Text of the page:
Taxes are tricky. You might think that taxing a good means that the people producing it end up paying the tax, but that’s not always the case. Consider, for example, President Obama’s recent proposal in his Fiscal Year 2017 budget to place a $10-per-barrel tax on imported oil. Many economists and commentators anticipate that the tax incidence will fall mostly on consumers—that is, the people who buy the oil will ultimately pay this new tax, instead of those who produce the oil.
Outside of the specific example of the oil tax, though, let’s look at the concept of incidence and what actually determines who pays.
When you boil it all down, the incidence of a tax or a regulation has to do with elasticity. The question is how readily those buying or selling a good will react to the price being pushed up by a tax (or down by a subsidy). The easiest way to think about these elasticities is by looking at the staples of introductory economics: supply and demand curves. The slopes of those lines are just a way of depicting of the elasticity of supply or demand. A very steep demand curve means that demand for a good or service is highly inelastic, as a change in the price wouldn’t mean that large of a decline in the quantity demanded. In the opposite case, a very flat supply curve would mean very elastic supply. A change in the price would mean a relatively large change in the quantity supplied.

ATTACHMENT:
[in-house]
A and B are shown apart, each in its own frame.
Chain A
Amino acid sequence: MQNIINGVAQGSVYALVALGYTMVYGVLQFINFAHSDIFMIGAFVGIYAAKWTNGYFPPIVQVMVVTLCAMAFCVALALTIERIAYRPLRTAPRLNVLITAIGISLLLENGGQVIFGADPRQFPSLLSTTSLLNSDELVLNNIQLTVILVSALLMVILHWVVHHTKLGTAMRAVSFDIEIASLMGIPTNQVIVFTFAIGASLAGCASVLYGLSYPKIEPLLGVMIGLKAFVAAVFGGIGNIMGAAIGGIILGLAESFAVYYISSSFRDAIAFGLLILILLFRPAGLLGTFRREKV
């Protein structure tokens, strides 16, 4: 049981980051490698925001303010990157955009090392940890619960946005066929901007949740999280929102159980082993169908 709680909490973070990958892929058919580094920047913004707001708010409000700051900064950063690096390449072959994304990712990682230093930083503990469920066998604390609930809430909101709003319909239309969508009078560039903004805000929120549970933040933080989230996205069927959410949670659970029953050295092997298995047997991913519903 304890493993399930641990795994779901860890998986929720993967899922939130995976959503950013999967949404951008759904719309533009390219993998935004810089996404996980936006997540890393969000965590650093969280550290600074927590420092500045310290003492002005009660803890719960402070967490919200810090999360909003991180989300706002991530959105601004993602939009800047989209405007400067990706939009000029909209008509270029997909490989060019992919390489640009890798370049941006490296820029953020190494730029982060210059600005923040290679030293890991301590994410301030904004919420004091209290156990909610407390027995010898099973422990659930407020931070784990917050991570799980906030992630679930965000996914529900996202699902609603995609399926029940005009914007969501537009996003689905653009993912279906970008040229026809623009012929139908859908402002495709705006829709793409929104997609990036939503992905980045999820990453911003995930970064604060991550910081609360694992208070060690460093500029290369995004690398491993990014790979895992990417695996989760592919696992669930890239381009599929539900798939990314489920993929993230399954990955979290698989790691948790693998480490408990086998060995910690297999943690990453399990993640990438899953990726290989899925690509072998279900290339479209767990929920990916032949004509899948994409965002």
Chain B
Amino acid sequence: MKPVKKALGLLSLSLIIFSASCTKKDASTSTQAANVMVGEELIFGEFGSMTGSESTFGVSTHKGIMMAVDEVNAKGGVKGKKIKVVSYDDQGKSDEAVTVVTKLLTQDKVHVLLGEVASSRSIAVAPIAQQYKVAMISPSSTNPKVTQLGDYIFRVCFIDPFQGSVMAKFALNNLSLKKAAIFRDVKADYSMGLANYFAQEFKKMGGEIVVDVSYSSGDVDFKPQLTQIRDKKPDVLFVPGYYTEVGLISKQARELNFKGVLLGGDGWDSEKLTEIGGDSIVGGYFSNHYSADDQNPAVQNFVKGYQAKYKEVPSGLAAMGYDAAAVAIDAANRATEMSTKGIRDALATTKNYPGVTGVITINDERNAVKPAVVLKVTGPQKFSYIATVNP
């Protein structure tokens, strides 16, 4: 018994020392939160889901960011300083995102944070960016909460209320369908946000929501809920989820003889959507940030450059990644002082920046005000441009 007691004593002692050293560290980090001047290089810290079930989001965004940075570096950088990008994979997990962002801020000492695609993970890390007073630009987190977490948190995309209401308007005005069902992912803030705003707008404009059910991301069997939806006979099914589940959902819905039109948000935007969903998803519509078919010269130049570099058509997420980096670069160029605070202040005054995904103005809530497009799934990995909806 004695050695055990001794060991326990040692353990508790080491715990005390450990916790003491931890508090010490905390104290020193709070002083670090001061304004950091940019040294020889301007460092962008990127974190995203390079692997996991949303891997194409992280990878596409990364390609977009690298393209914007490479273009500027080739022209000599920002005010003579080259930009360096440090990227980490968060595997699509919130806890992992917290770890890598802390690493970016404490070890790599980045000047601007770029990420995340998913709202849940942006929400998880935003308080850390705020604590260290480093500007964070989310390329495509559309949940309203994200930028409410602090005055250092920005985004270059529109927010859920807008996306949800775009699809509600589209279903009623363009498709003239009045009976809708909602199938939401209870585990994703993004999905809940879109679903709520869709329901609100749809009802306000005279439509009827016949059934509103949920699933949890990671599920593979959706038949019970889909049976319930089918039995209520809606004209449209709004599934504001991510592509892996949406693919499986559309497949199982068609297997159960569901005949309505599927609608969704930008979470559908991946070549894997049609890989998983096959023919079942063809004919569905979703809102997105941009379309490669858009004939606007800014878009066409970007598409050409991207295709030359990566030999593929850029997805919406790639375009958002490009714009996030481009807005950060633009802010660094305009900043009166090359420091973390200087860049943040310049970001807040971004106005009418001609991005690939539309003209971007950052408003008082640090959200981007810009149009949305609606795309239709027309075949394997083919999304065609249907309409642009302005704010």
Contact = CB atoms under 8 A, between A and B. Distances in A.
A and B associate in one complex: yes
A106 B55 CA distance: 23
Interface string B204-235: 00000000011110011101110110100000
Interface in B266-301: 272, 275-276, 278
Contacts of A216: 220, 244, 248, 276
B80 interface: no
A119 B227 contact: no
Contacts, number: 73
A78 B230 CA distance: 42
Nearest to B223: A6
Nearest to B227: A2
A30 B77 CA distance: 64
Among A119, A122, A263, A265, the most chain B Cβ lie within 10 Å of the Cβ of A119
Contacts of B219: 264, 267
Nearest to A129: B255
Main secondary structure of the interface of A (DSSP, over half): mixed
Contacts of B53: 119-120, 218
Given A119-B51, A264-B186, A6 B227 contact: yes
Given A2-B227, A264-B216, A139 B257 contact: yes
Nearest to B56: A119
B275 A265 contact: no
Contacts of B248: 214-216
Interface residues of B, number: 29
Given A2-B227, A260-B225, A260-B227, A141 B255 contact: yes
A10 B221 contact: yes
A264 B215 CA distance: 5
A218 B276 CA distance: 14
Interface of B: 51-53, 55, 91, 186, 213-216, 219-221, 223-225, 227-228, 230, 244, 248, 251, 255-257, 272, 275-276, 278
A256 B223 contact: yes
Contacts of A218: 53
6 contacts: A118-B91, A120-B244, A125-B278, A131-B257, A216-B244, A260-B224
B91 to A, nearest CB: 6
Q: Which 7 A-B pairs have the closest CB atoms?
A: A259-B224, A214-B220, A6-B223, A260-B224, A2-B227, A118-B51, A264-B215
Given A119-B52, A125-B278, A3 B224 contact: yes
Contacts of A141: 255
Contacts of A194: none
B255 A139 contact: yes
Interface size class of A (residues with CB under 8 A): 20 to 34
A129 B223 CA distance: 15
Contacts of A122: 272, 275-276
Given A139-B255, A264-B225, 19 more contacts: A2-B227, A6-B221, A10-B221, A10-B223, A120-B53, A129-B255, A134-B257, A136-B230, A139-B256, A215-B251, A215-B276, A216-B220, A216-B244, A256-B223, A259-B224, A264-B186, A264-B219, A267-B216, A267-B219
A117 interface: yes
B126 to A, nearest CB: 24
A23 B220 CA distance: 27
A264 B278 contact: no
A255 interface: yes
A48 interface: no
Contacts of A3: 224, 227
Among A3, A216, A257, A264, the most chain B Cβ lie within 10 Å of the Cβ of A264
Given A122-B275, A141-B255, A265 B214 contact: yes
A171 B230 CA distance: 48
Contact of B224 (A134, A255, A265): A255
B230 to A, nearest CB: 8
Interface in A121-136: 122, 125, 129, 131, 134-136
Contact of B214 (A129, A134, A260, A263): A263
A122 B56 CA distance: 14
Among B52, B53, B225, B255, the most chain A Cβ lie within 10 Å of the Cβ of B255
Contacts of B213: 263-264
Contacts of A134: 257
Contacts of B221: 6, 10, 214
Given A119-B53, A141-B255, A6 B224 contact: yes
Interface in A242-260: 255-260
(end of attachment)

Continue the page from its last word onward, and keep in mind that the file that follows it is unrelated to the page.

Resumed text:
So let’s think about the incidence of a tax on oil. Let’s assume the supply of oil is very inelastic. It’s difficult for oil refineries to ramp up or cut oil production in response to short-term changes in prices. In other words, if the price of oil goes up, then producers aren’t going to be able to change the quantity of oil supplied to the market very much. At the same time, the demand for oil may also be fairly inelastic as well, at least in the short term. Oil is pretty important for many consumers. Just think of how many people need gas to fill up their cars to go to work. The price of gas doesn’t seem to affect how much people drive, meaning the demand for gas does not change much.
But when the government places a tax on gasoline, who will bear the incidence of the tax? It’ll be the more inelastic of either supply or demand. If demand is less elastic (which seems likely), producers, who know that consumers will continue to buy gas in the face of higher price, will shift the price onto them. And the rise of shale oil producers, who are more capable of quickly turning production on and off, means that the short-term supply may become more elastic.
So a quick rule of thumb when it comes to incidence is that the less-elastic factor is going to bear more of the incidence. Former Senate Finance Chair Russell Long said that the problem with tax reform is that everyone says “Don’t tax you, don’t tax me, tax that man behind the tree.” When it comes to tax incidence, it helps to think about how quickly that man can run away.